Minnesota Pipers

By Stew Thornley
Author of Basketball’s Original Dynasty: The History of the Lakers

Minnesota Pipers LogoIt was a move unprecedented in the history of major-league sports. A failed franchise was being replaced the following season by a championship team.

The Minnesota Muskies had produced the second-best winning percentage in the American Basketball Association in 1967-68, but they could not match that winning record at the gate. After a season of performing before a sea of empty seats at Bloomington’s Metropolitan Sports Center, the team migrated south and became the Miami Floridians.

The ABA, however, felt compelled to maintain a team in the Twin Cities since the league was headquartered in Minneapolis with former Minneapolis Lakers star George Mikan as commissioner.

The void was filled on June 28, 1968 when Gabe Rubin, owner of the Pittsburgh Pipers, announced he was moving the team to Minnesota. Rubin remained as chairman of the board and continued to operate the team even though he sold a controlling interest in the club to Bill Erickson, a Northfield, Minnesota, lawyer and former legal counsel for the ABA. Vern Mikkelsen, another former Lakers star who had served as general manager of the Muskies for one month before the team moved, was hired to perform the same job with the Pipers.

The Pipers, like the Muskies, had played before a near-empty arena in Pittsburgh even though they had won the ABA title and produced the league’s Most Valuable Player in Connie Hawkins.

Banned from the NBA because of an alleged connection with gamblers as a college freshman at Iowa, Hawkins instead played for the Pittsburgh Rens of the American Basketball League in the early 1960s and later for the Harlem Globetrotters. With the Pipers, he led the league with a scoring average of 26.8 points per game and was second in rebounding and shooting percentage and fourth in assists.

Making the move from Pittsburgh to Minnesota with Hawkins was Tom Washington, who lhad ed the ABA with a .523 field-goal percentage; Art Heyman, who was acquired in a mid-season trade and promptly helped the Pipers to a 15-game winning streak that led to the championship; Chico Vaughn, who had connected on 33 percent of his 3-point attempts and averaged 19.9 points per game; and Charlie Williams, who made the all-ABA team.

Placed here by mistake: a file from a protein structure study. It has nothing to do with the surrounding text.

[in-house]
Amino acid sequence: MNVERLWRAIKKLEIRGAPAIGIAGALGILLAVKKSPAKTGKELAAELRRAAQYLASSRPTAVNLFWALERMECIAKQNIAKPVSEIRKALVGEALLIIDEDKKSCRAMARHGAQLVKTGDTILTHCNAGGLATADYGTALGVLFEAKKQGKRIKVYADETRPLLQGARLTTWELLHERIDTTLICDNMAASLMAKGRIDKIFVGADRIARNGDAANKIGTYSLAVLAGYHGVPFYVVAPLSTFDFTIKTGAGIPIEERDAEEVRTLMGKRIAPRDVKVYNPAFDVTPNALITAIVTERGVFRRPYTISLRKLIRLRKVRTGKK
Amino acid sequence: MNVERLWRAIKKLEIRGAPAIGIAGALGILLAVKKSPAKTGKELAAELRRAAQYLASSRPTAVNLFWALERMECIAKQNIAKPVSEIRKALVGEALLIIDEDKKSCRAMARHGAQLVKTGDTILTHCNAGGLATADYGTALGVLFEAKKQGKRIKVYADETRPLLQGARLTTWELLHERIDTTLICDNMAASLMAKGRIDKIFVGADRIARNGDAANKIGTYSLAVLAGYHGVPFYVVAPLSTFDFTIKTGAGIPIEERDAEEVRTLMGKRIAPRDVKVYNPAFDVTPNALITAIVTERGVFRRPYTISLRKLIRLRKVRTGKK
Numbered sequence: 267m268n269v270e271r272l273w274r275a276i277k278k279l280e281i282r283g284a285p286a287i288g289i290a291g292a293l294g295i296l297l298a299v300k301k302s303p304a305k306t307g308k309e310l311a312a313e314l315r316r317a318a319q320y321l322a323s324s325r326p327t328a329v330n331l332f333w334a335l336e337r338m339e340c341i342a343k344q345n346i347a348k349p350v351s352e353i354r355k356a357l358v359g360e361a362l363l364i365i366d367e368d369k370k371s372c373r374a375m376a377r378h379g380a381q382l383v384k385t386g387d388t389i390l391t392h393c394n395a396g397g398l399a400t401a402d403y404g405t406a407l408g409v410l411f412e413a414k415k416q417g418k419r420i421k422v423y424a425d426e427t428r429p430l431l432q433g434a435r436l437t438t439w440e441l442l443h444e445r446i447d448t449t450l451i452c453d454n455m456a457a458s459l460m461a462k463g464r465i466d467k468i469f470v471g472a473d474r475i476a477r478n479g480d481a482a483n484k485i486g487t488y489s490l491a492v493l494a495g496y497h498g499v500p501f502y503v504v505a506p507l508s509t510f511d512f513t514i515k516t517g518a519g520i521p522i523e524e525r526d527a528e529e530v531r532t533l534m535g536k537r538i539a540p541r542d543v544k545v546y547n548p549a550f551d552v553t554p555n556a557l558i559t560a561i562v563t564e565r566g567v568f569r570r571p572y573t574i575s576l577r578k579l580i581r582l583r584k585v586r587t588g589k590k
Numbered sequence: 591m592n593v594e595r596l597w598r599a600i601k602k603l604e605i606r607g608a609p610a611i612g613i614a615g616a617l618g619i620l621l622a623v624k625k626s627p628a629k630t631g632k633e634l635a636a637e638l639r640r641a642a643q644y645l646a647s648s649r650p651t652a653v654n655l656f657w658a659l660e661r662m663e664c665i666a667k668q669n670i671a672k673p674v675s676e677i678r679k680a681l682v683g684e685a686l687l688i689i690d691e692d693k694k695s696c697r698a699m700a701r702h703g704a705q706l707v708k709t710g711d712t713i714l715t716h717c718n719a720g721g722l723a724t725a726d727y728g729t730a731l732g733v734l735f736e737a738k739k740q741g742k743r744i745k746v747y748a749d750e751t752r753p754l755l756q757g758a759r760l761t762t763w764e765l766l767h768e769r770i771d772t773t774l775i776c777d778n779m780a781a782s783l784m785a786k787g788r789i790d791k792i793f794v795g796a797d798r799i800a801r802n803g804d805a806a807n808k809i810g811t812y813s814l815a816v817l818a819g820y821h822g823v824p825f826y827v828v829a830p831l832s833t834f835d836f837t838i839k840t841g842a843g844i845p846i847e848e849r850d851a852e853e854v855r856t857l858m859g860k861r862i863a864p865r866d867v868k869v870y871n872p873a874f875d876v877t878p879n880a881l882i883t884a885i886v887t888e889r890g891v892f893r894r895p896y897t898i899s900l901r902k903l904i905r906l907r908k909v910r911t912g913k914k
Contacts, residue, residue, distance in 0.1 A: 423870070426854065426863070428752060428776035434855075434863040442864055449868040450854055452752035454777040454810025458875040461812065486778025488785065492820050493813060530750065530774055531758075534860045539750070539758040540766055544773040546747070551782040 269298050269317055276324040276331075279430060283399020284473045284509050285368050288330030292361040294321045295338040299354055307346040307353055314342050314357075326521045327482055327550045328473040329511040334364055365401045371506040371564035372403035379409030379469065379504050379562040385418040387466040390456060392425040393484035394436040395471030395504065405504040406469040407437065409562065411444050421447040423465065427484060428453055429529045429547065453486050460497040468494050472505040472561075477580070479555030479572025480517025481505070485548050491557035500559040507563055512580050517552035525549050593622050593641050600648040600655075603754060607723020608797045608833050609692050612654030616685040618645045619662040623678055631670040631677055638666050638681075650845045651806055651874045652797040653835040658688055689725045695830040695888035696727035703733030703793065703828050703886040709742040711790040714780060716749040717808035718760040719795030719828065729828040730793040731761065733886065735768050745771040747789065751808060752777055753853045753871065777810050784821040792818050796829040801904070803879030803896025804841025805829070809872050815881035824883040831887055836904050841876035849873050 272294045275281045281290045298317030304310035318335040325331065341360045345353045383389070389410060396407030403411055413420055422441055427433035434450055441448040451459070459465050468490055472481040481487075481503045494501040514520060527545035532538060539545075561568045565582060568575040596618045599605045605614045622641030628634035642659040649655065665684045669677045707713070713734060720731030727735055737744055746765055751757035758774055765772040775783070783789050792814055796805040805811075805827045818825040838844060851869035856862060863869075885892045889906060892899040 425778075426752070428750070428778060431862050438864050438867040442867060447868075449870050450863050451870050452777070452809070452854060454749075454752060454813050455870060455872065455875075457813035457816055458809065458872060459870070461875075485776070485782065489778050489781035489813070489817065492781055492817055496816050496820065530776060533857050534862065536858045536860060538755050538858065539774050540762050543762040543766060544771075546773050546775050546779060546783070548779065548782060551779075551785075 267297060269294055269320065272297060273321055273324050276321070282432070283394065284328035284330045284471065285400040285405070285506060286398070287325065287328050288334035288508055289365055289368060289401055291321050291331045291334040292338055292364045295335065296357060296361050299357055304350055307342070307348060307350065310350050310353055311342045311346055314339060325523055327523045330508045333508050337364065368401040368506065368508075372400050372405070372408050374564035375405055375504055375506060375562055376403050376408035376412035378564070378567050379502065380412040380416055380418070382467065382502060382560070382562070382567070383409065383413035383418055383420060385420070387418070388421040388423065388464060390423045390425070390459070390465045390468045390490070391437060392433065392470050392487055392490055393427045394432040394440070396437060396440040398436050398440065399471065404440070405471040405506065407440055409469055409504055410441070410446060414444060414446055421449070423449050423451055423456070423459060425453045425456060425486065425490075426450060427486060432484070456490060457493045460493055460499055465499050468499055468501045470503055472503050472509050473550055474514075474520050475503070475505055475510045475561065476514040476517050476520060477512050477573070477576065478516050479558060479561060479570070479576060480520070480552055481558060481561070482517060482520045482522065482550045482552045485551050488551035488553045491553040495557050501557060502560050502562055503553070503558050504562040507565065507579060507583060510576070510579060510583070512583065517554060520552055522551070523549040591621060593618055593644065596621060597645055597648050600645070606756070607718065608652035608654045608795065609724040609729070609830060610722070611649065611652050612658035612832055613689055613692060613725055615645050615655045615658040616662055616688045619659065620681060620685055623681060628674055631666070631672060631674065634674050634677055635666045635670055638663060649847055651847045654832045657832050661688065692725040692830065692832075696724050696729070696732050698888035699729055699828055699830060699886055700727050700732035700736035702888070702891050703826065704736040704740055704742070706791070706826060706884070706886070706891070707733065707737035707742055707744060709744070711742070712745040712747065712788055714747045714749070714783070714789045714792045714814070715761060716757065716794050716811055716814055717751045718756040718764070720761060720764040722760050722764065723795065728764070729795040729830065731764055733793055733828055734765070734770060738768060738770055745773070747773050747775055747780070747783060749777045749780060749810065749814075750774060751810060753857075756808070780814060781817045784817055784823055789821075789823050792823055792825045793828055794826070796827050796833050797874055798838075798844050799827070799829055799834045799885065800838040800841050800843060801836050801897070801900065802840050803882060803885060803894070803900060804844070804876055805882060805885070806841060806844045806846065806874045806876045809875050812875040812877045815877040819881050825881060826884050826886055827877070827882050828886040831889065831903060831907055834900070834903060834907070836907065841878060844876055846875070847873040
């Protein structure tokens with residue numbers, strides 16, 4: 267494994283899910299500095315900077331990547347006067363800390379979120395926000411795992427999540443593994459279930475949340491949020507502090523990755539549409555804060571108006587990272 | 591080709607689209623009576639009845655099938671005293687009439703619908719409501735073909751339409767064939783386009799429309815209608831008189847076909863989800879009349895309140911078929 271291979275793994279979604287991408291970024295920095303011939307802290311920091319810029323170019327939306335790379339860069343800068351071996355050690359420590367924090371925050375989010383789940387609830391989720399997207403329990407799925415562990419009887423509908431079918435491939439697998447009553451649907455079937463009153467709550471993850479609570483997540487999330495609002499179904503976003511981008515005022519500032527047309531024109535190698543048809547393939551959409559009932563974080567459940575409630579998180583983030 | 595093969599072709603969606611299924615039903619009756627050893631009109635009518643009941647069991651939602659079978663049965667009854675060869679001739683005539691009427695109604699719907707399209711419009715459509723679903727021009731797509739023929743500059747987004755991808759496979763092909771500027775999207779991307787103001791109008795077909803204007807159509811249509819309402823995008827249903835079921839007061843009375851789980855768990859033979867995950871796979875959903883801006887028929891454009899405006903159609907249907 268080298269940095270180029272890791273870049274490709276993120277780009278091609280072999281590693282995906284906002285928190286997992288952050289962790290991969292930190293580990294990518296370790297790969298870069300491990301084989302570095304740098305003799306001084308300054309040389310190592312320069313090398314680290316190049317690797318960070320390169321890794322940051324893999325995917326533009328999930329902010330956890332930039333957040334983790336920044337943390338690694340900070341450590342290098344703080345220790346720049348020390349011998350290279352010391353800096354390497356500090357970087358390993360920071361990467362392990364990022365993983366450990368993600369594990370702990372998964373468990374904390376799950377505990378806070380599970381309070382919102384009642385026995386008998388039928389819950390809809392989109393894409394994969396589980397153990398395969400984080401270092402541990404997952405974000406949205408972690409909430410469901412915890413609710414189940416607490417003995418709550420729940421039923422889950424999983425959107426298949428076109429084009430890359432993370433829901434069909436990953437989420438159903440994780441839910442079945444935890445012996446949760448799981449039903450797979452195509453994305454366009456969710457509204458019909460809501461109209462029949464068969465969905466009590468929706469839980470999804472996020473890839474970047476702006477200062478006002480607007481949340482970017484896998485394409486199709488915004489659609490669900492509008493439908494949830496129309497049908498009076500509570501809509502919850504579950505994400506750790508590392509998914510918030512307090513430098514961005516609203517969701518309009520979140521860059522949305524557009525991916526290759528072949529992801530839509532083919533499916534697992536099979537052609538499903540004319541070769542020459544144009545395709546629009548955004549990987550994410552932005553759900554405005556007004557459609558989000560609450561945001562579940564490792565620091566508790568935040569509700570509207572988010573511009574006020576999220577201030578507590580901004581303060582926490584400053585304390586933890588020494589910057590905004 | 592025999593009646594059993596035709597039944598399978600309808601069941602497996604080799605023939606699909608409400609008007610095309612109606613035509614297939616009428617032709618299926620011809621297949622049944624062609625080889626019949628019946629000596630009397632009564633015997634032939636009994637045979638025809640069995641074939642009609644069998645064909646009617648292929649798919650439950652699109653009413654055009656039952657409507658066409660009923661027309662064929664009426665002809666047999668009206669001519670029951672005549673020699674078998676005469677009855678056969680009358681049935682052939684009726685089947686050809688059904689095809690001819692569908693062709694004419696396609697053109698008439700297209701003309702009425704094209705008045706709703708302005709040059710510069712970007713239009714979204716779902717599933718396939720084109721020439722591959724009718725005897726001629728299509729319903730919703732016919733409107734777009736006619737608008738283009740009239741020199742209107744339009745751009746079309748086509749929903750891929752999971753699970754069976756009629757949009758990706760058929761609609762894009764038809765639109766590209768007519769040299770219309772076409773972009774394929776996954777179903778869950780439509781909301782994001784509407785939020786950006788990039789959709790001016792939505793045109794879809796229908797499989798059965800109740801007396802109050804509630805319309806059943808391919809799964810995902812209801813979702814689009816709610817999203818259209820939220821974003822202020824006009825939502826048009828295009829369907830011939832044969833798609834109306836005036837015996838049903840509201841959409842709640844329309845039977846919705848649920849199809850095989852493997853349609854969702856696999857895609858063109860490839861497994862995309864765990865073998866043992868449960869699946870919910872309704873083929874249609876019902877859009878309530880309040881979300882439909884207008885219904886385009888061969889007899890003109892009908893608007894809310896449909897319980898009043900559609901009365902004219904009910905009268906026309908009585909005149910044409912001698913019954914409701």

Like Hawkins, Williams was barred from playing in the NBA. His offense was failing to report a teammate at Seattle University who had been offered a bribe. (The ABA harbored several players who were blacklisted by the NBA because of, often-times, sketchy involvement with gamblers)

The cornerstone of the ABA in its first year may have been those not allowed to play in the NBA, but the new league came up with another star, one the NBA was very sorry to lose, for its second season.

Playing for the San Francisco Warriors, Rick Barry was the NBA’s Rookie of the Year in 1965-66; the following season he averaged 35.6 points per game to end Wilt Chamberlain’s string of seven consecutive scoring championships. Barry then shocked the sports world with the announcement that he had accepted a lucrative offer to play with the Oakland Oaks of the ABA. Because of the option clause in his NBA contract, however, Barry was forced to sit out the first season of the ABA’s existence before he could join the Oaks. By the start of the 1968-69 season, the impatient Barry was more than ready to resume his playing career.

The Pipers would open the season in Minnesota with a new leader. Vince Cazzetta, who had coached the Pipers to the championship, resigned after Erickson and Rubin refused to give him a raise to cover moving his wife and six children to the Twin Cities. Hired to replace Cazzetta was 39-year old Jim Harding, who had compiled a 93-28 record in five seasons at LaSalle College in Philadelphia.

Harding had been equally successful in coaching tenures at two other colleges, but he left behind a trail of NCAA violations and endless turmoil, the latter a pattern that followed him to the professional ranks.

In an attempt to establish regional support, a decision was made for the Pipers to play only 25 of their 39 home games at the Met Sports Center. Ten games were to be played in Duluth and the remaining four were to be scheduled in other Upper Midwest locations. The experiment was aborted, however, when the team averaged barely 1,500 fans in eight games at the Duluth Arena; the remaining two games for Duluth were instead played at the Minneapolis Armory and St. Paul Auditorium, and no games ever did take place outside of the Twin Cities or Duluth.

The crowds at the Met Sports Center were barely any larger. Only 1,943 showed up to watch the Pipers crush Miami, 126-94, in the season opener. Led by Hawkins, the Pipers jumped to the top of the Eastern Division standings and opened up a comfortable lead over the second-place Floridians.

On November 27, Hawkins set an ABA record with 57 points in a 110-101 win over the New York Nets; eight days later he poured in 53 against the Denver Rockets to raise his season average to 34.4. Rick Barry was performing similar heroics as he led the Oakland Oaks, who had been the ABA’s worst team the year before, to a 16-2 start. The Oaks would eventually win their division by 14 games.